Five Steps to Prepare for a .NET 8 Migration


Crista Perlton

Crista Perlton


npm Package Approval Flows & Connectors 07th December, 2023

Making Sense of npm Package Licenses 30th November, 2023


Five Steps to Prepare for a .NET 8 Migration

Posted on .

Have you migrated to .NET 8 yet?

If you’re currently using .NET 5 to .NET 7, then moving to .NET 8 is a cinch — and you probably don’t need the advice in this article.

But if you’re currently operating on .NET Framework, you’ll have a bit more work to do. Fortunately, .NET Framework won’t be fully deprecated for a while (think 2030), but don’t wait to start planning!

If you spend a little time between now and end-of-life planning and executing, your migration will be nearly pain-free. Don’t worry, we’ve already laid out the steps for what you need to do to get ready for .NET 8.

Step 1: Take an inventory of your existing applications

Start by assessing your applications to see what’s running on what .NET, as well as what version they’re on. Many developers will know this off the top of their heads, but it never hurts to have official documentation that others can check and reference.

Step 2: Assess Deprecated Components

Determine which of your applications are using ASP.NET Web Forms, Windows Communication Foundation, or Windows Workflow Foundation. If developers don’t know already, a brief survey of the code base should quickly clarify.

All of these deprecated libraries have a workaround, like maintaining legacy applications with CI/CD or using Microservices to break down monolith applications. This step is a good opportunity to make plans for the future of your applications and create a training manual on maintenance.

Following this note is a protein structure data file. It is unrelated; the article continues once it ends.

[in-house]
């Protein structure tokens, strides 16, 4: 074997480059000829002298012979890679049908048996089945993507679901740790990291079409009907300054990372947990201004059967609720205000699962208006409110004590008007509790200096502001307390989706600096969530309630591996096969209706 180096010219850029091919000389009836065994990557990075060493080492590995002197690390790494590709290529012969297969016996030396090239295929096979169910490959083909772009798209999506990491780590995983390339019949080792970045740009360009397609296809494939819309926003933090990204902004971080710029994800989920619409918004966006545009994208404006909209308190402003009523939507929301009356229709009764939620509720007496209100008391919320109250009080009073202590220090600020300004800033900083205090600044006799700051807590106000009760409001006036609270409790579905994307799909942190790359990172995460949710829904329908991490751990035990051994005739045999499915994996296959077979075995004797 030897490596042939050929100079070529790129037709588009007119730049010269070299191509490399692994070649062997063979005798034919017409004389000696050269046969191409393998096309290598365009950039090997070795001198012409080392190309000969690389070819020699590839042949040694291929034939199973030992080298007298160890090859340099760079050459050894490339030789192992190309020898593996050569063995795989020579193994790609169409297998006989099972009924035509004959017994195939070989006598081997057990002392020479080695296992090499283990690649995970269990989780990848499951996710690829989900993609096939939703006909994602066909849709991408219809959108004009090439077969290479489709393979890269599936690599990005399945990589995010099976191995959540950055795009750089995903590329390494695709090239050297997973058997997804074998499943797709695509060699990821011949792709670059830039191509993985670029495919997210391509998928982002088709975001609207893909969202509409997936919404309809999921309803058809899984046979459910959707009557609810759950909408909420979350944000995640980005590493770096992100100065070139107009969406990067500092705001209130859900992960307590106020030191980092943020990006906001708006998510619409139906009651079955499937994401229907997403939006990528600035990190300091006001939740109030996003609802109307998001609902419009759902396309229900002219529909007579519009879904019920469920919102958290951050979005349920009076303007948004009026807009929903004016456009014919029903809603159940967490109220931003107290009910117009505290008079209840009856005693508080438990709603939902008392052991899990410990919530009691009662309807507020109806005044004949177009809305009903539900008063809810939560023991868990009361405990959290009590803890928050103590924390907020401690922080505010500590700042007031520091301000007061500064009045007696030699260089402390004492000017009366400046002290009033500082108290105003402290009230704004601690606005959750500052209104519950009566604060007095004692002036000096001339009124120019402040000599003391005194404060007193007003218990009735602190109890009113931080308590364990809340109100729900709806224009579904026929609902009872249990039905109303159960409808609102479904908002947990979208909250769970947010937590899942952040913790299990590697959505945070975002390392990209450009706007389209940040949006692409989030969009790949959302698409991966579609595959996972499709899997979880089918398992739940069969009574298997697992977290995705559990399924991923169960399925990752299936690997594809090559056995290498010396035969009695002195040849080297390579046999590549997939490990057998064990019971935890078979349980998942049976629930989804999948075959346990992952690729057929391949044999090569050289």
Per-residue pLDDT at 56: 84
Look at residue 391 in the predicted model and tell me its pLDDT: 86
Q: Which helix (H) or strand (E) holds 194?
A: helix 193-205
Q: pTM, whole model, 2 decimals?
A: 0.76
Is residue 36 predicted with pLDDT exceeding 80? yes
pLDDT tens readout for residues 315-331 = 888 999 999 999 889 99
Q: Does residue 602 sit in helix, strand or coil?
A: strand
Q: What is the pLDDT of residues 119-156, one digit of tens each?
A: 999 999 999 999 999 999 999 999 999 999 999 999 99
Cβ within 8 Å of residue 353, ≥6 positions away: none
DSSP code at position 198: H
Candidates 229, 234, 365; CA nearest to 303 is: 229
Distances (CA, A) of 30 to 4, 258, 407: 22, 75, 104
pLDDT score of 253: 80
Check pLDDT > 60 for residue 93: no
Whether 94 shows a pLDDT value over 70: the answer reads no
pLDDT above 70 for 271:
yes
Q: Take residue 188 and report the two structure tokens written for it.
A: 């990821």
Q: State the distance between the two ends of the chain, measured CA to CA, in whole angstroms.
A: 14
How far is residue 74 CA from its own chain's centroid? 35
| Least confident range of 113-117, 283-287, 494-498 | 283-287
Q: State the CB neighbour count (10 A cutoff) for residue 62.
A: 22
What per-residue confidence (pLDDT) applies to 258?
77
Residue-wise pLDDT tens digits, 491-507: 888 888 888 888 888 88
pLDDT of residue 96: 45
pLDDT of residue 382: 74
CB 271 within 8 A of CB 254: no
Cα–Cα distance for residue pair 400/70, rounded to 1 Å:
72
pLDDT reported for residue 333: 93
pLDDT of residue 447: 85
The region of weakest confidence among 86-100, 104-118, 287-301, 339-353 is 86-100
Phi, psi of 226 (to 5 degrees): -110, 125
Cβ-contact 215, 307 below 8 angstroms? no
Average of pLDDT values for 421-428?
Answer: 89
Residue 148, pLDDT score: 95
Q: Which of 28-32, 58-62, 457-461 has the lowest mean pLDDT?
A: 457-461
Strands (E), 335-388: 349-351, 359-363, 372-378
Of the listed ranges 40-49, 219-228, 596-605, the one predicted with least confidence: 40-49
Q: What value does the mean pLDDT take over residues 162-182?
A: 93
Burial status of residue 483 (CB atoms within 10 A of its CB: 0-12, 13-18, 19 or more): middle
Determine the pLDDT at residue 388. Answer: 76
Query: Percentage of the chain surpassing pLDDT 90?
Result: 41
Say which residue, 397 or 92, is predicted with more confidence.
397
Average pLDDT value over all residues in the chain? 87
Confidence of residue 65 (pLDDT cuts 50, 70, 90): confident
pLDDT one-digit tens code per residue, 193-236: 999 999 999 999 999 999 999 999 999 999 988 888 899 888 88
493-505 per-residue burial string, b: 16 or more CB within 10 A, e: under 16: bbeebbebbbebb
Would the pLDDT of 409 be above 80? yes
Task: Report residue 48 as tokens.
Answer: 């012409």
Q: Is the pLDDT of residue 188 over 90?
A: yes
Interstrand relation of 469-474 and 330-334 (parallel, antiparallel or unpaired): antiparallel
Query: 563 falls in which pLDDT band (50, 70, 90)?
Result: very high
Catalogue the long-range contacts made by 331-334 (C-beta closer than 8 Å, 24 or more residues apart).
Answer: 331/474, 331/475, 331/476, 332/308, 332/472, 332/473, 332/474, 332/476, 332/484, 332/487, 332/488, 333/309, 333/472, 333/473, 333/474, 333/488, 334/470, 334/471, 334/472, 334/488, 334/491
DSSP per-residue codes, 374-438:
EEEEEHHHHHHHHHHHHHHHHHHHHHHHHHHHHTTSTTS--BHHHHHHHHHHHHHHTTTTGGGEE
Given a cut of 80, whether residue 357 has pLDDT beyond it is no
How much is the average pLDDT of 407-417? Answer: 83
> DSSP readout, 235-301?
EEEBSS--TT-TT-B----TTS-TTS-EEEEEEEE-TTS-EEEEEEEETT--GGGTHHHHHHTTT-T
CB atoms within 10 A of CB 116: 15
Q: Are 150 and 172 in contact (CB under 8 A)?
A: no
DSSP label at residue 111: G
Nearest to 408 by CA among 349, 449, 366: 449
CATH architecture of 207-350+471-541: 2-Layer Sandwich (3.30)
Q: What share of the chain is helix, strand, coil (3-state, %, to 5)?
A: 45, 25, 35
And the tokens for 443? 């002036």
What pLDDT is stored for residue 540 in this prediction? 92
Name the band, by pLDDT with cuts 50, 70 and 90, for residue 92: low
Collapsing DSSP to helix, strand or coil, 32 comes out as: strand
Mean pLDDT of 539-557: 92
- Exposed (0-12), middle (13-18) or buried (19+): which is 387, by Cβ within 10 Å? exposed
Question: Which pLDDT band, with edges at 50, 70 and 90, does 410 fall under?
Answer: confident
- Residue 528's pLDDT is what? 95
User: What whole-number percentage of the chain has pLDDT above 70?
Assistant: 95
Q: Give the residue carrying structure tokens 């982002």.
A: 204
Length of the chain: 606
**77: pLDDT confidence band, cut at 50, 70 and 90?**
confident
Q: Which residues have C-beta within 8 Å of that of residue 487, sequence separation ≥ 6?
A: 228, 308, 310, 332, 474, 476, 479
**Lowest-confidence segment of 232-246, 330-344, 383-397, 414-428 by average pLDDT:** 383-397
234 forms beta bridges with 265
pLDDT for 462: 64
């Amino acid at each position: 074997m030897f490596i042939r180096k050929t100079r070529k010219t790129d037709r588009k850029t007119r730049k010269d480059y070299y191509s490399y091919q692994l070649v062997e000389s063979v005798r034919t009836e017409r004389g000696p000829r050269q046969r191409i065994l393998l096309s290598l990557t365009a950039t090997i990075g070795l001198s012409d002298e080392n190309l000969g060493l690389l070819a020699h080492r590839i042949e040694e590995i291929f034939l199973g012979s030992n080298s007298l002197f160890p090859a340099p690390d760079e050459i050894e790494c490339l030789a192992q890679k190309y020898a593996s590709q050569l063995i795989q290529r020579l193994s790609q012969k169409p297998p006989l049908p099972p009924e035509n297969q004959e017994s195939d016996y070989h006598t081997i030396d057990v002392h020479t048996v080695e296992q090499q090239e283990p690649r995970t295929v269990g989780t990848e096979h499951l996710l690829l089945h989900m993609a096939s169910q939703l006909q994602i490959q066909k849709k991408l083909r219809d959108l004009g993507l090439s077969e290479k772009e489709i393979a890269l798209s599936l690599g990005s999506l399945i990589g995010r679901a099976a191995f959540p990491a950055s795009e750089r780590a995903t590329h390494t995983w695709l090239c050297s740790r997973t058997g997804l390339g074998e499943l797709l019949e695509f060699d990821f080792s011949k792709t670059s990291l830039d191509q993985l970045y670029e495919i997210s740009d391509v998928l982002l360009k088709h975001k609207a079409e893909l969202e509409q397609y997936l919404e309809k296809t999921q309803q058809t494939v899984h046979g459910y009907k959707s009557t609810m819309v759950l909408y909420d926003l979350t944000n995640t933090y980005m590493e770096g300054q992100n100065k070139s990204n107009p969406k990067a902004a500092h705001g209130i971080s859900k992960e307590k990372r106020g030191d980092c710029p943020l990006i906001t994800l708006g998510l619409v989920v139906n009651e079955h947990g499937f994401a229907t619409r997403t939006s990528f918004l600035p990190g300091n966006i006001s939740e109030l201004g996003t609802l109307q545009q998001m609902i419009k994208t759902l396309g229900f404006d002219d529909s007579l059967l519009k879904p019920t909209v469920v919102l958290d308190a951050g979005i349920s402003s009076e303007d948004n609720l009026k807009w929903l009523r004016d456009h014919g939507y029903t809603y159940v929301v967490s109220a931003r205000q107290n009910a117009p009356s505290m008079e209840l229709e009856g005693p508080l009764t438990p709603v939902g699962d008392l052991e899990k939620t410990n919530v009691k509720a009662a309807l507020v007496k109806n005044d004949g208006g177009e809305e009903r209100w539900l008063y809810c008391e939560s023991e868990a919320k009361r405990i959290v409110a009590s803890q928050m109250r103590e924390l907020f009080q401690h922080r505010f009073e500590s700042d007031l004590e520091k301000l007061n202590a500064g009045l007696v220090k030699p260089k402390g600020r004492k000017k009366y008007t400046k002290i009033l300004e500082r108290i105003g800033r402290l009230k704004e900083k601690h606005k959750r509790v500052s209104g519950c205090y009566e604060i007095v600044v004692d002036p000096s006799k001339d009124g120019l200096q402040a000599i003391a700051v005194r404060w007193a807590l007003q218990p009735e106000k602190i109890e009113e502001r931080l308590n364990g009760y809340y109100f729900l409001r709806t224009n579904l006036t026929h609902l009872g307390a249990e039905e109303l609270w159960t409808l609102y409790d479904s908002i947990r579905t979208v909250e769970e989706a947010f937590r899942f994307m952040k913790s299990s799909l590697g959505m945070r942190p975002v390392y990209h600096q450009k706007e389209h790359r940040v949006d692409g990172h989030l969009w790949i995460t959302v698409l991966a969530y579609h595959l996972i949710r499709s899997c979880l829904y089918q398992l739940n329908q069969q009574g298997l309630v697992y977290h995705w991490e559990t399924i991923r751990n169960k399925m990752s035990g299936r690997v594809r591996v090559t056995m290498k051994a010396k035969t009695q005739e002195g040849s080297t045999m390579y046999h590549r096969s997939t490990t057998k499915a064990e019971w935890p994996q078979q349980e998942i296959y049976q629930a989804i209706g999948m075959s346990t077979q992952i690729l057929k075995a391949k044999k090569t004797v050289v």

Step 3: Prioritize with Stakeholders

Developers are the ideal group to assess the deprecated components of an organization’s applications and libraries and then comment on the resources required to upgrade and/or migrate to .NET 8. Stakeholders, however, may not be prepared to invest in rewriting applications to upgrade deprecated technology. Stakeholders may even want to entirely rewrite the application to align with a new or adjusted business strategy.

Use this step to discuss with Stakeholders so the migration to .NET 8 aligns with strategy and resources aren’t unintentionally lost.

Step 4: Prepare a migration schedule

Anyone using .NET Core or .NET Framework can wait to upgrade to .NET 6, 7, or 8 since Core and Framework are tied to the operating system. In theory, a developer using .NET Framework 4.8 could wait until 2030 to upgrade to the new .NET5+ (.NET 5 to .NET 8)

But, it never hurts to plan ahead. Take the opportunity to create a rough migration schedule before the end-of-life of your .NET. Give peace of mind to team members and prepare stakeholders for possible costs and potential risks.

Step 5: Increase your release velocity

Microsoft will release a new .NET every year going forward. Some, like .NET 8, will have a long-term report, but others will only have support for 18 months, like .NET 5.

The .NET5+ series is a good lesson in the importance of updating regularly. Migrations are extremely difficult for those who rarely update. Increasing deployment flexibility will help invest in automation and encourage best practices in your team.

Plan for Migration

.NET 8 is a fantastic opportunity to upgrade, whether you’re coming from .NET Core, .NET Framework, or .NET5+, since it will have three years of support. The wrinkles have been ironed out of .NET 7 and the improvements and new features of .NET 8 are well-received by users.

Although .NET Framework 3.5 and 4.8 are estimated to last another 10 years, it never hurts to start planning for migration. Consider how you’ll move your package libraries; now may be the time to consider a CI/CD method.

Did you find this article helpful? Are you using NuGet to make your .NET packages? Learn how to optimize your NuGet in the Enterprise; sign up for our free NuGet guide:

Crista Perlton

Crista Perlton